Pollyanna

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Pollyanna is a classic turn-of-the-century children's novel about an 11-year-old orphan girl. It was written by Eleanor H. Porter, and first published in 1913.[1] In 1960, it was made into a Disney movie starring Hayley Mills.

A sequel, Pollyanna Grows Up, The Second Glad Book, also written by Porter, was published in 1915.[2][3] After Porter's death, Harriet L. Smith and Elizabeth Borton wrote a Pollyanna series.

Porter, born in 1862, was homeschooled (privately tutored) as a child due to illness.[4]

Contents

Plot

Because her mother died giving birth to her, Pollyanna was raised by her father, a missionary in the Midwest US. After her missionary father dies, Pollyanna is sent back East to live with her mother's sister (Aunt Polly).

Her life as the adopted daughter of a wealthy Vermont woman is the subject of the novel.

Pollyanna's chief occupation is playing The Glad Game, as taught to her by her father. The point is to find something good about a situation and be "glad" about it. She teaches this game to anyone who will listen and cheers up the entire town.

In her review of Pollyanna, Sondra Eklund points out that "Many who’ve seen the Disney movie won’t realize that Pollyanna is a very Christian book." Pollyanna's father, a traveling minister, based his "glad game" on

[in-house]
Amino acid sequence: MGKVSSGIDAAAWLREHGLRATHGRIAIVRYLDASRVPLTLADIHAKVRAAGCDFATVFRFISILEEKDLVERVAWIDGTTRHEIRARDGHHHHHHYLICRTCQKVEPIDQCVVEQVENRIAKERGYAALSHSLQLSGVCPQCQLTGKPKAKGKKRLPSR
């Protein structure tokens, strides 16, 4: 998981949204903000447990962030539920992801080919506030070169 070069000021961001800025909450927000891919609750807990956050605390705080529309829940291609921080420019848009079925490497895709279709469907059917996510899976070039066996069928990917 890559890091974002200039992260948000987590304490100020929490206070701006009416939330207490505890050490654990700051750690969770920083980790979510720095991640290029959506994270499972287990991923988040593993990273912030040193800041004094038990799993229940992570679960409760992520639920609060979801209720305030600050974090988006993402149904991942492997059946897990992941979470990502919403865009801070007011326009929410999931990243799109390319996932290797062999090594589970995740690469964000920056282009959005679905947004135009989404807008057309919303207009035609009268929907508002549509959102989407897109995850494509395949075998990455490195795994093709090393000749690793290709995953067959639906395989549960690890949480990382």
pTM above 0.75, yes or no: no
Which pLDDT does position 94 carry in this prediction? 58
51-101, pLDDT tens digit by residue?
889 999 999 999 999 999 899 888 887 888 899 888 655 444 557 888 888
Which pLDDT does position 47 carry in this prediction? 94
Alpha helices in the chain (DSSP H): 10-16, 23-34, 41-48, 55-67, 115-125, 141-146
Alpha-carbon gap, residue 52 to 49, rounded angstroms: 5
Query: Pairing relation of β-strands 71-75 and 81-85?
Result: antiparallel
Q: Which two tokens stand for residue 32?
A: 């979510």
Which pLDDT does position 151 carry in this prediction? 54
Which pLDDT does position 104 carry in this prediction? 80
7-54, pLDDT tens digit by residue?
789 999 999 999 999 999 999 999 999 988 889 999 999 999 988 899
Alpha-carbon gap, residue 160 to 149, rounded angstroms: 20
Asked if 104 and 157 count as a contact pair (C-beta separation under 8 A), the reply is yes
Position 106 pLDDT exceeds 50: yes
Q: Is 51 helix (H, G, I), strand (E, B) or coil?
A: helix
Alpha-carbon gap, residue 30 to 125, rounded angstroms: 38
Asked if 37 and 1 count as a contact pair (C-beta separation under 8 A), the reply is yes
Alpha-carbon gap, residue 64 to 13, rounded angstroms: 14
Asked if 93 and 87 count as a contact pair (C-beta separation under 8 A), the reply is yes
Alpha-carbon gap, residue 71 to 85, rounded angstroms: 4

"the “rejoicing texts” in the Bible--all the verses that say to “rejoice” or “shout for joy” or “be glad.” One day he decided to count them and found more than 800. He decided that if the Bible tells us more than 800 times to be glad, maybe we should pay attention."[5]

Disney Movie

The Disney movie of 1960, starred

and introduced

Much of the movie was filmed in Santa Rosa, California and the surrounding area. Hayley Mills won an Academy Award for the most outstanding juvenile performance during 1960. She was also nominated for a 1961 BAFTA Film Award for the Best British Actress. [6]

The Term "Pollyanna"

The term "pollyanna" has passed into the English language, to mean "one who finds cause for gladness in the most difficult situations".[7] Conversely, it can mean "a person regarded as being foolishly or blindly optimistic",[8] or "an excessively or blindly optimistic person",[9] or, in the adjective form "pollyannaish", "unreasonably or illogically optimistic". [10]

References

  1. Bestsellers, Graduate School of Library and Information Science, University of Illinois at Urbana-Champaign, Pollyanna [1]
  2. Project Gutenberg, Pollyanna Grows Up [2]
  3. Bestsellers, Graduate School of Library and Information Science, University of Illinois at Urbana-Champaign, Pollyanna Grows Up [3]
  4. Bestsellers, Graduate School of Library and Information Science, University of Illinois at Urbana-Champaign, Pollyanna Grows Up [4]
  5. Sonderbooks, Book Reviews by Sondra Eklund, Pollyanna, February 17, 2003 [5]
  6. IMDb: Awards for Pollyanna (1960) [6]
  7. "pollyanna." Online Etymology Dictionary. Douglas Harper, Historian. 22 Jul. 2009. [Dictionary.com http://dictionary.reference.com/browse/pollyanna]
  8. "pollyanna." The American Heritage® Dictionary of the English Language, Fourth Edition. Houghton Mifflin Company, 2004. 22 Jul. 2009. [Dictionary.com http://dictionary.reference.com/browse/pollyanna]
  9. "pollyanna." Dictionary.com Unabridged (v 1.1). Random House, Inc. 22 Jul. 2009. [Dictionary.com http://dictionary.reference.com/browse/pollyanna]
  10. "pollyanna." Dictionary.com Unabridged (v 1.1). Random House, Inc. 22 Jul. 2009. [Dictionary.com http://dictionary.reference.com/browse/pollyanna]

See Also

  • Pollyanna at Project Gutenberg [7]
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